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Blog: COVID-19 - We must leave no one behind

Emergency Health
International United Kingdom

Aleema Shivji, Executive Director of Humanity & Inclusion UK, explains the impact of COVID-19 on the most vulnerable people living in developing countries.

Coronavirus emergency message, photo by Markus Spiske on Unsplash

Photo by Markus Spiske on Unsplash

I have spent many years working on the front-line of humanitarian crises around the world, from conflicts, to disasters, to outbreaks such as cholera. However, COVID-19 is altogether something different. Different because it’s hitting each corner of the world in turn, different because of the pace at which it is spreading. Crucially, different because we can’t contain it in one area and redirect resources from somewhere else. No, here, everyone around the world is affected and even the countries that would normally be redirecting resources are facing challenges on their own doorsteps.

Seeing the impact the virus is already having on the UK’s health system, we must expect a "health tsunami" of unprecedented intensity in the poorest countries where health systems are particularly fragile, where access to water and soap is challenging at the best of times, and where social distancing is near-impossible for vast swathes of the population that live in over-crowded slums, camps and communities.

Older and disabled people at high risk from COVID-19

Past experience, data and evidence show that older people and people with disabilities are often left behind in humanitarian crisis and we are already seeing that COVID-19 is no different. As a monumental humanitarian response is being deployed around the world to try and tackle the spread and impact of COVID-19, we really need to take special care that people with disabilities, older people, people with chronic diseases and injuries are not left behind.

Many of these individuals are at higher risk of COVID-19 due to their age or health condition. Many might be relying on health care systems for essential treatments and medication such as for diabetes or heart disease. They now risk new complications because the scarce health resources that do exist will need to be shifted and re-prioritised towards more urgent needs such as the ones linked to COVID-19 patients, something we’ve seen in the Syrian crisis where people with chronic diseases struggled to access healthcare because people wounded from the conflict were prioritised.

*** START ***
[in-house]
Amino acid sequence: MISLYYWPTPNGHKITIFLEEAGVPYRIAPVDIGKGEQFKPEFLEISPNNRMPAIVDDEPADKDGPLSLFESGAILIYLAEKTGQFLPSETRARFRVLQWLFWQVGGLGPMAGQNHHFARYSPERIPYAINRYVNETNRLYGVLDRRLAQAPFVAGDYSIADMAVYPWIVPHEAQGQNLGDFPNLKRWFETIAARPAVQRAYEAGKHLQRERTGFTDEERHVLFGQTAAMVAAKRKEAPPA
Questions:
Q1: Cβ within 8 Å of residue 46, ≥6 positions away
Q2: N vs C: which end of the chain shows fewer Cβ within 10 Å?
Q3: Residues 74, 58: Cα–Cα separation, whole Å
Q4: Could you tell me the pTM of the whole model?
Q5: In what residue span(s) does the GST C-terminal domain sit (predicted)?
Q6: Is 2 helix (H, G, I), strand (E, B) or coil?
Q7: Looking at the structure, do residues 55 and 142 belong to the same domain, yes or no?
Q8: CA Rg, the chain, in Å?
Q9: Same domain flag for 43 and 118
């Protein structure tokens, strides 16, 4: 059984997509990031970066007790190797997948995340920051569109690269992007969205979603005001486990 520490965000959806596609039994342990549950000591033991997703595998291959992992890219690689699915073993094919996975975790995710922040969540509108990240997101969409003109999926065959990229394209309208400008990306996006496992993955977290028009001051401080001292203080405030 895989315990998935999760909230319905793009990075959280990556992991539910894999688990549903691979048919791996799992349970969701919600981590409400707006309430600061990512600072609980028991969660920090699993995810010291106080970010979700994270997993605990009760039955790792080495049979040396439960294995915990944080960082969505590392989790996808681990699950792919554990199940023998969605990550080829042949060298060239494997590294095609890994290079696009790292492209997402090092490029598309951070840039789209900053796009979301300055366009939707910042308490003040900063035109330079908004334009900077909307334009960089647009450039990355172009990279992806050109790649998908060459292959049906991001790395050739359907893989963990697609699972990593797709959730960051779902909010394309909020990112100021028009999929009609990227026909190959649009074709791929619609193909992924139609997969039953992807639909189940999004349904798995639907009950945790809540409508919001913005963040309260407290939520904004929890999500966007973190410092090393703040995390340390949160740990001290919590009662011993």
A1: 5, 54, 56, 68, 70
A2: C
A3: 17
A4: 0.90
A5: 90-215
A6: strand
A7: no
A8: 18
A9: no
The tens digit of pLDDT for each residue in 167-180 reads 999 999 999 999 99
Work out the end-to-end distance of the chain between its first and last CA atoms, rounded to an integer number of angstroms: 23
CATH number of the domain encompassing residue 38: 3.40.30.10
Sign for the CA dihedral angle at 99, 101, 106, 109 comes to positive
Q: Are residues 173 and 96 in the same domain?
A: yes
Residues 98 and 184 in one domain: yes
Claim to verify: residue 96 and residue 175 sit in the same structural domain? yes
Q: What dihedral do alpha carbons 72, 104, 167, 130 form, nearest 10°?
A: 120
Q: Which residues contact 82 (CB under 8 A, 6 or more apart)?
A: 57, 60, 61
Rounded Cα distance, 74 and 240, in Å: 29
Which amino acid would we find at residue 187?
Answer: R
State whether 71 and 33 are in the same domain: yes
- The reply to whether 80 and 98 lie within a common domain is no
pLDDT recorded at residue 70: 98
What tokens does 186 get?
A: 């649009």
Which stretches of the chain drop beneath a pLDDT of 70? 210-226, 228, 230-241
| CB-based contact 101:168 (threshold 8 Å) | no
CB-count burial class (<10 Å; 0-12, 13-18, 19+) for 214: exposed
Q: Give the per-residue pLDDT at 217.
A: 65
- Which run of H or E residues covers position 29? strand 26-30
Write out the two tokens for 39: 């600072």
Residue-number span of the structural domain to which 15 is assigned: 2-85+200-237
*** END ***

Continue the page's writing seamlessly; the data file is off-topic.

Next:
Containment may be impossible for people who rely on others for such basic things as eating, dressing and washing. As we are seeing in the UK, containment measures can increase the occurrence of domestic and sexual violence, and this is something we are already seeing amongst the people we support around the world.

Charities' role in the fight against COVID-19

It is now that we need to act - charities have a crucial role to play domestically, and internationally, to ensure the most vulnerable are not left behind. Acting requires all of us to think differently.

How do we ensure children with disabilities continue to access education when all the schools are closed? How do we overcome the dramatic increase in prices as borders shut (five-fold price rise in just a week in South Sudan)? How do we continue to provide vital support to populations when our access is being restricted due to containment measures or there is a lack of personal protection equipment? How do we continue to fight for the rights of people with disabilities and other marginalised groups so that they are not discriminated against, as difficult choices need to be made on a daily basis on who receives services and who doesn’t? How do we ensure we protect our staff, and the communities we support?

And what about in situations of conflict?

On 23 March, UN Secretary General Antonio Guterres called for an immediate ceasefire around the world in response to the alarming rapid spread of the COVID-19 epidemic in the poorest countries. In countries where conflict has destroyed most of their health system such as in Yemen, the epidemic could claim thousands of lives.

Finding new ways to work

I am incredibly impressed by colleagues around the world that are battling these ethical and practical questions on a daily basis and finding innovative ways to overcome new barriers – using WhatsApp and phone calls to reach beneficiaries, retraining colleagues to provide essential hygiene and prevention messages, ensuring our mental health services continue as the need for them will surely sky-rocket…

In most countries around the world, the charity sector works alongside public services providing essential support to the world’s most vulnerable people. This crisis is having a huge financial and operational impact on international and domestic charities when the need for our work is so much more than it was before.

We can only act, thanks to the generosity of others. We all have a role to play to ensure that the frontline organisations like Humanity & Inclusion and so many others can keep our doors open and adapt our services to respond in the most appropriate way.

We rely on donations from the public, and funding from governments, companies and foundations around the world. Some of our donors have been incredibly supportive and flexible, enabling us to adjust our activities to our new reality, and recognising that we still have costs to cover even when it is impossible to deliver services due to constraints that are outside our control.

Now, more than ever we need support from our individual donors and funders to ensure no one is left behind in this crisis. If we don’t take drastic steps to save charities today, millions of the world’s most vulnerable will pay the price tomorrow.

Aleema Shivji

Aleema Shivji, Executive Director of Humanity & Inclusion UK

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